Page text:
Air leaks in a system mean a loss of capacity or draft. Most pulse collectors are suction or negative draft systems. This means the fan is after the collector, and is pulling the air through the baghouse. This is a sealed system, and the source of flow should only be from the pickup point, duct-run, and inlet duct into the collector. Other air entering the system through weld cracks, leaking doors seals, wall-roof holes, duct leaks, bad extension joints, and air locks not properly sealed can greatly diminish the capacity of the system and possibly pull in condensation (which can cause multiple problems in the cleaning effectiveness of the filters).
All efforts should be made to keep the system sealed. A new collector is just like having a new car in the sense that there is very little to do for it; maintenance is the only constant. It is better to have regular maintenance checks, than to react upon first sighting an issue. Some of the most common sources of unintended air leaks are listed below.
Door Seal Failures
Door seals are very important on a suction system. They prevent outside air from leaking into the system and also prevent moisture from entering. Door seals are usually made from silicon rubber or fiberglass. Seals can become miss-aligned, compressed, or disintegrate because of heat or chemical attacks.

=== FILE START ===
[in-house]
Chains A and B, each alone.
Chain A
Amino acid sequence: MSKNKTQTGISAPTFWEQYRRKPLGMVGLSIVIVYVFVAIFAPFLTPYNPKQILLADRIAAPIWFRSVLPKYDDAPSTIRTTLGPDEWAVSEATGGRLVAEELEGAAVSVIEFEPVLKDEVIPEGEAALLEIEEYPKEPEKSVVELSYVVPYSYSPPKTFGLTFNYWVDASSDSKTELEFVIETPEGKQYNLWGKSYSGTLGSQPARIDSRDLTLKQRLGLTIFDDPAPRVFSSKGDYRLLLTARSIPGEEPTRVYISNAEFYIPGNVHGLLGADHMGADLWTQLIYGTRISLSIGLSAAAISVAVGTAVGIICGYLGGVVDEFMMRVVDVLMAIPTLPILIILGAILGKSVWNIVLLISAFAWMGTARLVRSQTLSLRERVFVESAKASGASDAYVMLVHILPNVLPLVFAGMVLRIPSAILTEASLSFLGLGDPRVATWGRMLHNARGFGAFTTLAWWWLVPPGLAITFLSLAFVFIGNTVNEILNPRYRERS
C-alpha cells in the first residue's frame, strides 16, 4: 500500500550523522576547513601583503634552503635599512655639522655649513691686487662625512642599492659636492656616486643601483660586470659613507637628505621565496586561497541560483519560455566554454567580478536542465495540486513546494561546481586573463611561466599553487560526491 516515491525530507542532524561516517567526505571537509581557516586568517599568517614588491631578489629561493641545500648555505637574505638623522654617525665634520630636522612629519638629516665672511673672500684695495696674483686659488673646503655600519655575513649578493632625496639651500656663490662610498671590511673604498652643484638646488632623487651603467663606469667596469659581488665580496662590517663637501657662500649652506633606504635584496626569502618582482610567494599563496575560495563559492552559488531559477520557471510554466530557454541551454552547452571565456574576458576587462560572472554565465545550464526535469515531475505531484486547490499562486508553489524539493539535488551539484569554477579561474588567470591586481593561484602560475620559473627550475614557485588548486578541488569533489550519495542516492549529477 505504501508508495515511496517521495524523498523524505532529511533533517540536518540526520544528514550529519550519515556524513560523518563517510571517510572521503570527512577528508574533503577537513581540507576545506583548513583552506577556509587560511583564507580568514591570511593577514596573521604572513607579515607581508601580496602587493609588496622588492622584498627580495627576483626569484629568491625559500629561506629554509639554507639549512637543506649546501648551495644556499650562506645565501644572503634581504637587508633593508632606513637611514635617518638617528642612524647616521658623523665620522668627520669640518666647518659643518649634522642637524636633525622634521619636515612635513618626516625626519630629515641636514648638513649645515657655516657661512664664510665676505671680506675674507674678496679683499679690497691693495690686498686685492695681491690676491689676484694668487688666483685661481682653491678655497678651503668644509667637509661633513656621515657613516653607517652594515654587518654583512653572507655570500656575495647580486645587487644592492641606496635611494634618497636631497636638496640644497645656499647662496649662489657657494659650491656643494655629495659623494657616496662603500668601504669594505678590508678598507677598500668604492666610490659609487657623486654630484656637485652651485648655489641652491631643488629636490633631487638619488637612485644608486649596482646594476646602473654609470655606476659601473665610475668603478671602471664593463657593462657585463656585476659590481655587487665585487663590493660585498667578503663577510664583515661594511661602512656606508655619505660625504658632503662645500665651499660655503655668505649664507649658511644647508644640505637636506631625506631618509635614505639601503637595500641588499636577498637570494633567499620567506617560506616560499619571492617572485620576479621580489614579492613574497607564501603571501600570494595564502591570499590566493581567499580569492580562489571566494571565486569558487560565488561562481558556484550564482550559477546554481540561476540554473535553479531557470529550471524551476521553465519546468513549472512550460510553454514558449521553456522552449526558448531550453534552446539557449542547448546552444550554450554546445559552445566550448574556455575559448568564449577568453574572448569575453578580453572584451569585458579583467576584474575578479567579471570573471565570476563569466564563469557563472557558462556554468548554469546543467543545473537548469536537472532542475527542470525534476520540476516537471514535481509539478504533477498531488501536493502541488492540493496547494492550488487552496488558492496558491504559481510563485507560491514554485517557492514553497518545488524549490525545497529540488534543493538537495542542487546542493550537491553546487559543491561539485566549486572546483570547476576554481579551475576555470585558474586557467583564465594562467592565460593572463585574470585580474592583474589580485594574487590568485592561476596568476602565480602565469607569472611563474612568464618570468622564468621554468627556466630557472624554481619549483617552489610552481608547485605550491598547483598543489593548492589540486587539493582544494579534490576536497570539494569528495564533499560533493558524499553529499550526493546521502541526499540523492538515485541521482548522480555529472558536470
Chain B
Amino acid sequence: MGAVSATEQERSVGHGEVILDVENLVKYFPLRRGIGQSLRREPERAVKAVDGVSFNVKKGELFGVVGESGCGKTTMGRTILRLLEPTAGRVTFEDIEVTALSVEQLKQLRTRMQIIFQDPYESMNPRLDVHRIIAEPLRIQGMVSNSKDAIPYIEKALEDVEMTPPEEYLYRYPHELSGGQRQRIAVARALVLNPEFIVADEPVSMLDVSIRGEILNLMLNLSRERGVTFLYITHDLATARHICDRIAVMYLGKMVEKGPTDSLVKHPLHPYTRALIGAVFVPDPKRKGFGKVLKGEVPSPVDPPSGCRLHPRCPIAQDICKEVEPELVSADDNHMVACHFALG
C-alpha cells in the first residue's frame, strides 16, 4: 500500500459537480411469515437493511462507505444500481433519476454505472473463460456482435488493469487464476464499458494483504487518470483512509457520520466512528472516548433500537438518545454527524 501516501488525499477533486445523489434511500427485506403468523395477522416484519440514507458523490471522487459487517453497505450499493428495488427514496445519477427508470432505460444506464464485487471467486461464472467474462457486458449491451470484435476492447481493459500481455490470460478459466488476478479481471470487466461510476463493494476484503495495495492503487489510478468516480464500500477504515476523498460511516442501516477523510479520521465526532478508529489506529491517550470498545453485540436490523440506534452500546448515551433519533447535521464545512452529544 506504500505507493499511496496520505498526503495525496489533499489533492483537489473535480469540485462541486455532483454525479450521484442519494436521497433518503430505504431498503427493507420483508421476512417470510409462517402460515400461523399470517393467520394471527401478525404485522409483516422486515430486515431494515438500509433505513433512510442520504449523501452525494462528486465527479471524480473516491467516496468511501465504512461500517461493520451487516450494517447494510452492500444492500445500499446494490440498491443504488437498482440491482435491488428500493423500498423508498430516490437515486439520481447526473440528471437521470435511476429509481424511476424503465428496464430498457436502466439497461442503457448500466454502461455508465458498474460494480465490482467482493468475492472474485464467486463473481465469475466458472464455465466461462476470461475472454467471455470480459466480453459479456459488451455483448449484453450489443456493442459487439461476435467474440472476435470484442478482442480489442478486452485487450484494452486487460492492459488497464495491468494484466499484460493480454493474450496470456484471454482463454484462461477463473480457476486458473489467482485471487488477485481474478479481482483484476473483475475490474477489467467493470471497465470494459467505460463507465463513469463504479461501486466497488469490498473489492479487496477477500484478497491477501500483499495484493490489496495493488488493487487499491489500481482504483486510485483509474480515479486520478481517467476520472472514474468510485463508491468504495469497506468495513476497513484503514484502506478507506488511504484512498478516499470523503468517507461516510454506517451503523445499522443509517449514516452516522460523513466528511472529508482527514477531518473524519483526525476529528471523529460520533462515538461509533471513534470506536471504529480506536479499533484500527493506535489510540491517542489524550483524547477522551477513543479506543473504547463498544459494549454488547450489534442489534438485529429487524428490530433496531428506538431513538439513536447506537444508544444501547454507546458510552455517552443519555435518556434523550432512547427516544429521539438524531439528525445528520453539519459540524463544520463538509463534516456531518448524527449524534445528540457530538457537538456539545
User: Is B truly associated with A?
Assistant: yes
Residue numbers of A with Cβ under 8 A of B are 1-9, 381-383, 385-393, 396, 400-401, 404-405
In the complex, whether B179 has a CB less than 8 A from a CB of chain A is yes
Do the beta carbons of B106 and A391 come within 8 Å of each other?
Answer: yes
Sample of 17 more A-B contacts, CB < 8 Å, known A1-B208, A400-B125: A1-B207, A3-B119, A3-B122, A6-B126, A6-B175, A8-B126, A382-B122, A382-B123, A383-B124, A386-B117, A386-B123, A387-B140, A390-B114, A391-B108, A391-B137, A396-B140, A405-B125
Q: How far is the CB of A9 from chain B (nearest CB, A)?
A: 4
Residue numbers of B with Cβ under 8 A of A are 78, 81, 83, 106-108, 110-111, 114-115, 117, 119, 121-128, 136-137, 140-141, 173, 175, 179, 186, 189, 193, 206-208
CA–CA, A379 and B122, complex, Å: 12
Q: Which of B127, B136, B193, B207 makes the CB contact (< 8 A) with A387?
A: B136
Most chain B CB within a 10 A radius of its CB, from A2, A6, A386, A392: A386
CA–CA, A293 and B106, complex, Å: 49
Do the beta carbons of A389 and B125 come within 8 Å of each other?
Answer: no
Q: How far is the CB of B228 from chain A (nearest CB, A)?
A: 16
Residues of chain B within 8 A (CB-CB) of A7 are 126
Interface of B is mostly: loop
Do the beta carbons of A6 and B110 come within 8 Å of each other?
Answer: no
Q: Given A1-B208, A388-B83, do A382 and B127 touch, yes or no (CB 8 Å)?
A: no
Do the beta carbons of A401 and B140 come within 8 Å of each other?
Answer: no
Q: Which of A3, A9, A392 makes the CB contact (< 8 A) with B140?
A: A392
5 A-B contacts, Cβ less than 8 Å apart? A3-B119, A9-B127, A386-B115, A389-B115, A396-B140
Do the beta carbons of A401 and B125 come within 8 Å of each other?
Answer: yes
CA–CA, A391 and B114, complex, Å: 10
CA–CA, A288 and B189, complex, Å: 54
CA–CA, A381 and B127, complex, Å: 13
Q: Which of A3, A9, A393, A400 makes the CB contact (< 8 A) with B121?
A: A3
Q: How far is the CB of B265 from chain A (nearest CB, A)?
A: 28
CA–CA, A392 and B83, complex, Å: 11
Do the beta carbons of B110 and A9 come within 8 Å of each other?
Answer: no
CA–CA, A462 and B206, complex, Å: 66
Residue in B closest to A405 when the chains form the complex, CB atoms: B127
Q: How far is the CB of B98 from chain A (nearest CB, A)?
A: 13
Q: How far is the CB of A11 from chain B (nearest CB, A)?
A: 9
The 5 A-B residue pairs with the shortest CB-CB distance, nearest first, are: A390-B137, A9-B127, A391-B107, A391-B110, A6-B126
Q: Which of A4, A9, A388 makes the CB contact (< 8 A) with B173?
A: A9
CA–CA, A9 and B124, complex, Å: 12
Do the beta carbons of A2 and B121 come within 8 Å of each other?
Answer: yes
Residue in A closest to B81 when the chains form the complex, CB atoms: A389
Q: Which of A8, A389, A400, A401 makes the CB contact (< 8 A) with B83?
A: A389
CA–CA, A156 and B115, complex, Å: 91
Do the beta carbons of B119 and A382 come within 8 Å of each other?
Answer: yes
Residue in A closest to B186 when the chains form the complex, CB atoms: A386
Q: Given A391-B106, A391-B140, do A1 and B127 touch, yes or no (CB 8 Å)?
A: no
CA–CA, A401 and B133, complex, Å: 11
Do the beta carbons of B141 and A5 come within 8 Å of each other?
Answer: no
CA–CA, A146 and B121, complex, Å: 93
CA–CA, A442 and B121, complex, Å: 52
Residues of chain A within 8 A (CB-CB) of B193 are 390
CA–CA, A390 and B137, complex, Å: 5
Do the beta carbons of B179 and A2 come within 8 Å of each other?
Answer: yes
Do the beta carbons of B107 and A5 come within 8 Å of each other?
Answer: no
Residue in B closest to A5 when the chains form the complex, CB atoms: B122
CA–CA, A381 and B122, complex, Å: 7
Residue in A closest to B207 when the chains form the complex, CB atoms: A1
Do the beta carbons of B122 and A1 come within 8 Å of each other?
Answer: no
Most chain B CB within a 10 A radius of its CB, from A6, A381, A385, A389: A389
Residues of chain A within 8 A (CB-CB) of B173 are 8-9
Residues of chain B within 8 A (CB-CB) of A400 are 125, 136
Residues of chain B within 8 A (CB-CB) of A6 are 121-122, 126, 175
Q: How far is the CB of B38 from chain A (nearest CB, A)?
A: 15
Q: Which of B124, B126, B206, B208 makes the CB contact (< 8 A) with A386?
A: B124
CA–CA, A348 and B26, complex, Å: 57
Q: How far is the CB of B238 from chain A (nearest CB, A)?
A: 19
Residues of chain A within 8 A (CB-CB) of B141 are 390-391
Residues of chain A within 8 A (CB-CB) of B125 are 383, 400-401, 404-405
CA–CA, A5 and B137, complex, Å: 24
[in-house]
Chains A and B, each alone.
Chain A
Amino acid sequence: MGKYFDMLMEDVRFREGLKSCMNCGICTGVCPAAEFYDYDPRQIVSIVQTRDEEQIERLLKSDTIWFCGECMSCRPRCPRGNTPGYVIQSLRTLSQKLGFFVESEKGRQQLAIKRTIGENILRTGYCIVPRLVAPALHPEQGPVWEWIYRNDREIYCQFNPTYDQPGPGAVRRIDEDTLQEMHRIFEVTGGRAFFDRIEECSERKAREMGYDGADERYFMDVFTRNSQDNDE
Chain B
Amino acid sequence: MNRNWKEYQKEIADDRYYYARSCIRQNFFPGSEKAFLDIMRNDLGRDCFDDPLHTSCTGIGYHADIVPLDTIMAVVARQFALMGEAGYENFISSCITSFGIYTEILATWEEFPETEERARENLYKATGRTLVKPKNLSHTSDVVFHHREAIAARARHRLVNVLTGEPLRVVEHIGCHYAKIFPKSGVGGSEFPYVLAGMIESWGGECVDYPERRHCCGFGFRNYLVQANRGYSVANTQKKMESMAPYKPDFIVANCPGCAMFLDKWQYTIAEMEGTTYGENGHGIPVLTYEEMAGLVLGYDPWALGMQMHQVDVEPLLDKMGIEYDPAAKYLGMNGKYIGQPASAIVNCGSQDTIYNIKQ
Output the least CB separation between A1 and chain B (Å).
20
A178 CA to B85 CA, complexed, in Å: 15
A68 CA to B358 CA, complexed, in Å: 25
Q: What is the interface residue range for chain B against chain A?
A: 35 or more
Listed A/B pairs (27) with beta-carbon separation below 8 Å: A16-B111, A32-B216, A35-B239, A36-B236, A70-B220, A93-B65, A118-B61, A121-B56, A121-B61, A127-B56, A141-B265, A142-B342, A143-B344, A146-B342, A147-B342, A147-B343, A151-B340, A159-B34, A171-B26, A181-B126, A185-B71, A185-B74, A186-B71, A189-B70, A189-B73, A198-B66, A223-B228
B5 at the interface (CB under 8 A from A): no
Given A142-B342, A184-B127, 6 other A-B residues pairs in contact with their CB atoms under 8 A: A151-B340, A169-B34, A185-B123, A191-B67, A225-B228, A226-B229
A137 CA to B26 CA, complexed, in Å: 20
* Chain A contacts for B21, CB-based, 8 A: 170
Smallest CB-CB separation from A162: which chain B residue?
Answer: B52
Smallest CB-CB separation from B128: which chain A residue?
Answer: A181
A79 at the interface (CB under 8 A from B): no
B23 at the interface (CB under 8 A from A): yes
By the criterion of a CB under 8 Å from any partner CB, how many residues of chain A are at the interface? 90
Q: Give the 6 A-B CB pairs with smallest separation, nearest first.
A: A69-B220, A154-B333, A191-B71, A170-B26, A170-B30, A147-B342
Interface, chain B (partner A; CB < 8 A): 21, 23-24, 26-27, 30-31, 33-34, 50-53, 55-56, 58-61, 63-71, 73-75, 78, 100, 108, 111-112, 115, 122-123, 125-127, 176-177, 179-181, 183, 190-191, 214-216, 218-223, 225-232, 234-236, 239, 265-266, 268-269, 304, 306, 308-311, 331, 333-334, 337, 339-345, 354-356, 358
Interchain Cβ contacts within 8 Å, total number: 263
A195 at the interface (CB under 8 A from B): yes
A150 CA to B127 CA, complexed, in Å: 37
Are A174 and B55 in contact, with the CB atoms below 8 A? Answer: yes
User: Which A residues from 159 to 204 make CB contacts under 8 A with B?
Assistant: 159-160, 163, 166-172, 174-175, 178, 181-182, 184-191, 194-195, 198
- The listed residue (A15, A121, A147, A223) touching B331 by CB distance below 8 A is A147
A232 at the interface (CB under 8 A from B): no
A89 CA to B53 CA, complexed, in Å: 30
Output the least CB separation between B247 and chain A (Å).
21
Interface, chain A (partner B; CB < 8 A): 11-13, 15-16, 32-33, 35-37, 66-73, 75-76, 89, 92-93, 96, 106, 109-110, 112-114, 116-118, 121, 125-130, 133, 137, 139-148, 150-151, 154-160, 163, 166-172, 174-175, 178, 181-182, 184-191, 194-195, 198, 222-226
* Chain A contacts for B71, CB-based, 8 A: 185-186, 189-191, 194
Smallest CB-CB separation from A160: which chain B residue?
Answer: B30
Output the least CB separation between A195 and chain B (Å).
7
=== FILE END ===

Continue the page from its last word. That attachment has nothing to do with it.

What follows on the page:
Check the inside of the doors for bad or misaligned seals. There will be air tracks in the dust on the floor. Suction systems must have good door seals, so it’s recommended that any time there is a filter bag change out, you also replace the door seal. This in a cost-efficient way to ensure this problem does not occur.
Hopper Weld Cracks
Vibrations will usually cause weld cracks over time. Vibrators in the hopper (intended to keep dust from building up on the hopper walls) can and will eventually cause cracks. In addition, a poorly designed collector, fan, or maintenance procedure of hitting walls with hammers without enough support can cause weld cracks.
Avoid using vibrators if possible. Acoustic or sonic horns have proven to be an excellent solution to keeping dust buildup from occurring without creating severe vibration. In addition, build-up on walls should always be manually removed (no hammers). Strategically placed poke holes in the hopper will allow access to remove build up. And of course, regular maintenance checks on the fan will greatly reduce excessive vibration.
Holes in ductwork
Any hole or leak in the duct-run will allow ambient air to be sucked into the system. This can greatly reduce the designed air draft to properly ventilate the system.
A monthly visual inspection of the entire duct run is highly recommended to ensure your system is not losing draft due to these common air leak origins.
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